Muskegon is a derivation of a Native American word meaning "river with marshes." Jeff Alexander examines the creation, uses of, devastation, and restoration of Michigan's historic and beautiful Muskegon River.
Four of the five Great Lakes touch Michigan's shores; the state's shoreline spans more than 4,500 miles, not to mention more than 11,000 inland lakes and a multitude of rivers. The Muskegon River, the state's second longest river, runs 227 miles and has the most diverse features of any of Michigan’s many rivers. The Muskegon rises from the center of the state, widens, and moves westward, passing through the Pere Marquette and AuSable State Forests. The river ultimately flows toward Lake Michigan, where it opens into Muskegon Lake, a 12 square-mile, broad harbor located between the Muskegon River and Lake Michigan.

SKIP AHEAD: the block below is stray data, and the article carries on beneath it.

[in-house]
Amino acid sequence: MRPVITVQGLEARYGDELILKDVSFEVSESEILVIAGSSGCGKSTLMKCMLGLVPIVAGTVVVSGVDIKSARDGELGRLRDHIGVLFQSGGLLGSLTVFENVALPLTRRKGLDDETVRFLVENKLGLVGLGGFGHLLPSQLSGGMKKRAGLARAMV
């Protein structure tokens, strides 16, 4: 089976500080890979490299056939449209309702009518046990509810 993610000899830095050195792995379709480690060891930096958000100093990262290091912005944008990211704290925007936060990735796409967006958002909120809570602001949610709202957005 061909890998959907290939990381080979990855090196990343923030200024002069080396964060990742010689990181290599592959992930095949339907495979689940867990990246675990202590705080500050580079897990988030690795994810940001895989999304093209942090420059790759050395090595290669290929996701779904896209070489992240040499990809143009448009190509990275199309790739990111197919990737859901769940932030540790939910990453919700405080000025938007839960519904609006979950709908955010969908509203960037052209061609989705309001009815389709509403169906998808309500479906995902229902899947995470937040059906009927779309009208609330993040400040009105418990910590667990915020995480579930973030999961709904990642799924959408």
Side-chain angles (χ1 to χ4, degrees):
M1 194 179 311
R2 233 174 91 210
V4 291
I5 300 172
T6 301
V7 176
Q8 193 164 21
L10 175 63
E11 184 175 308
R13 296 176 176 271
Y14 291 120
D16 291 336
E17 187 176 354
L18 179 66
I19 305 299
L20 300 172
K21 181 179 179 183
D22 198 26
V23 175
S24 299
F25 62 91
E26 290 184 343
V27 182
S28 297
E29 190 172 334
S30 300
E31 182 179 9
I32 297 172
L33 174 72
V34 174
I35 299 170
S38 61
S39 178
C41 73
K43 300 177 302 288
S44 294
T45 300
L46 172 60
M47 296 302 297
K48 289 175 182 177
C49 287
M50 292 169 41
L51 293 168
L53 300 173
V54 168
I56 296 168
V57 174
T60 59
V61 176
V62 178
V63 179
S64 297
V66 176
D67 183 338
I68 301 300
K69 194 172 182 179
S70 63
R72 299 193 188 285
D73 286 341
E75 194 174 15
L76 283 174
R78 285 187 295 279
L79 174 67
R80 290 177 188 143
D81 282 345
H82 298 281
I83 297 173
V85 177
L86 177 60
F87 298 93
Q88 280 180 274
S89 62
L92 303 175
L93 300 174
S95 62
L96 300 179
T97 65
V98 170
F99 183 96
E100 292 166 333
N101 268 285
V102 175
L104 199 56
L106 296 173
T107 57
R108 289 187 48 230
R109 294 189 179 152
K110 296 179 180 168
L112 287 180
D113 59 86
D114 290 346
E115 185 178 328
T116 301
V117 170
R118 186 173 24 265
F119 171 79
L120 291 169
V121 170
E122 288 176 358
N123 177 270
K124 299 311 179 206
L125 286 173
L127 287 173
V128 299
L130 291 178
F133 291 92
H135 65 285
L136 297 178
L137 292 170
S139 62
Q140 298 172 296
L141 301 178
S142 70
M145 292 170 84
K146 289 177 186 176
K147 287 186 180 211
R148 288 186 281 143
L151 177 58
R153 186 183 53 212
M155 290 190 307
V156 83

Formed several thousand years ago, when the glaciers that created the Great Lakes receded, and later inhabited by Ottawa and Potawatomi Indians, the Muskegon River was used by French fur trappers in the 1600s. Rich in white pine, the area was developed during the turn-of-the-century lumber boom, and at one time Muskegon Lake boasted more than 47 sawmills. The Muskegon was ravaged following settlement by Europeans, when rivers and streams were used to transport logs to the newly developing cities. Dams on rivers and larger streams provided power for sawmills and grain milling, and later provided energy for generating electricity as technology advanced.
There is now an ambitious effort to restore and protect this mighty river's natural features in the face of encroaching urbanization and land development that threatens to turn this majestic waterway into a mirror image of the Grand River, Michigan's longest river and one of its most polluted.